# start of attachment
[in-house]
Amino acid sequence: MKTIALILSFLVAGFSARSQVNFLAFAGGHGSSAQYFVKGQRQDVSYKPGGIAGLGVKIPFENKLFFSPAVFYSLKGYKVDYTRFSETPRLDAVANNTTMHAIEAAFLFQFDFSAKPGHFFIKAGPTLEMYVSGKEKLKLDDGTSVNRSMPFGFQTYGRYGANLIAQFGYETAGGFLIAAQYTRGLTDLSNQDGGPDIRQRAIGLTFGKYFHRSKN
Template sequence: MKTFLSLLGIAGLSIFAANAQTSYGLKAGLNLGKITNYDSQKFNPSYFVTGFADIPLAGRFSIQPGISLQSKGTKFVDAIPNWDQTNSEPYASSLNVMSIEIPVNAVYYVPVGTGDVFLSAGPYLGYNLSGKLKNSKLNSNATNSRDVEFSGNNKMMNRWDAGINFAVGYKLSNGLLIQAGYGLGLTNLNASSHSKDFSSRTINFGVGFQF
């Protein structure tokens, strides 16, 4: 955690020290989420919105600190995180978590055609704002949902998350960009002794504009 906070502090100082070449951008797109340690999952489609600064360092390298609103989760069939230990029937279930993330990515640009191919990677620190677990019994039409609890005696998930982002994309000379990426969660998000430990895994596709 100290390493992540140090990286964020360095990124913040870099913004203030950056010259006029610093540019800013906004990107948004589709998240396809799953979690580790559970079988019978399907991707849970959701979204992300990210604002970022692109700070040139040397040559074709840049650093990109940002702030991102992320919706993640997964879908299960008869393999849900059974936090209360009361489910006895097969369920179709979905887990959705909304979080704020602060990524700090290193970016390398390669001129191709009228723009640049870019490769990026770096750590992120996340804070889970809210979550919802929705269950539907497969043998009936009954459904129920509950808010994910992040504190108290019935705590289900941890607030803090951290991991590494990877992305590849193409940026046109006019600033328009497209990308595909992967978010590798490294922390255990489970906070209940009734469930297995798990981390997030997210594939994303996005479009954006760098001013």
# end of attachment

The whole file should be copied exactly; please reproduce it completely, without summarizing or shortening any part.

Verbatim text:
[in-house]
Amino acid sequence: MKTIALILSFLVAGFSARSQVNFLAFAGGHGSSAQYFVKGQRQDVSYKPGGIAGLGVKIPFENKLFFSPAVFYSLKGYKVDYTRFSETPRLDAVANNTTMHAIEAAFLFQFDFSAKPGHFFIKAGPTLEMYVSGKEKLKLDDGTSVNRSMPFGFQTYGRYGANLIAQFGYETAGGFLIAAQYTRGLTDLSNQDGGPDIRQRAIGLTFGKYFHRSKN
Template sequence: MKTFLSLLGIAGLSIFAANAQTSYGLKAGLNLGKITNYDSQKFNPSYFVTGFADIPLAGRFSIQPGISLQSKGTKFVDAIPNWDQTNSEPYASSLNVMSIEIPVNAVYYVPVGTGDVFLSAGPYLGYNLSGKLKNSKLNSNATNSRDVEFSGNNKMMNRWDAGINFAVGYKLSNGLLIQAGYGLGLTNLNASSHSKDFSSRTINFGVGFQF
């Protein structure tokens, strides 16, 4: 955690020290989420919105600190995180978590055609704002949902998350960009002794504009 906070502090100082070449951008797109340690999952489609600064360092390298609103989760069939230990029937279930993330990515640009191919990677620190677990019994039409609890005696998930982002994309000379990426969660998000430990895994596709 100290390493992540140090990286964020360095990124913040870099913004203030950056010259006029610093540019800013906004990107948004589709998240396809799953979690580790559970079988019978399907991707849970959701979204992300990210604002970022692109700070040139040397040559074709840049650093990109940002702030991102992320919706993640997964879908299960008869393999849900059974936090209360009361489910006895097969369920179709979905887990959705909304979080704020602060990524700090290193970016390398390669001129191709009228723009640049870019490769990026770096750590992120996340804070889970809210979550919802929705269950539907497969043998009936009954459904129920509950808010994910992040504190108290019935705590289900941890607030803090951290991991590494990877992305590849193409940026046109006019600033328009497209990308595909992967978010590798490294922390255990489970906070209940009734469930297995798990981390997030997210594939994303996005479009954006760098001013």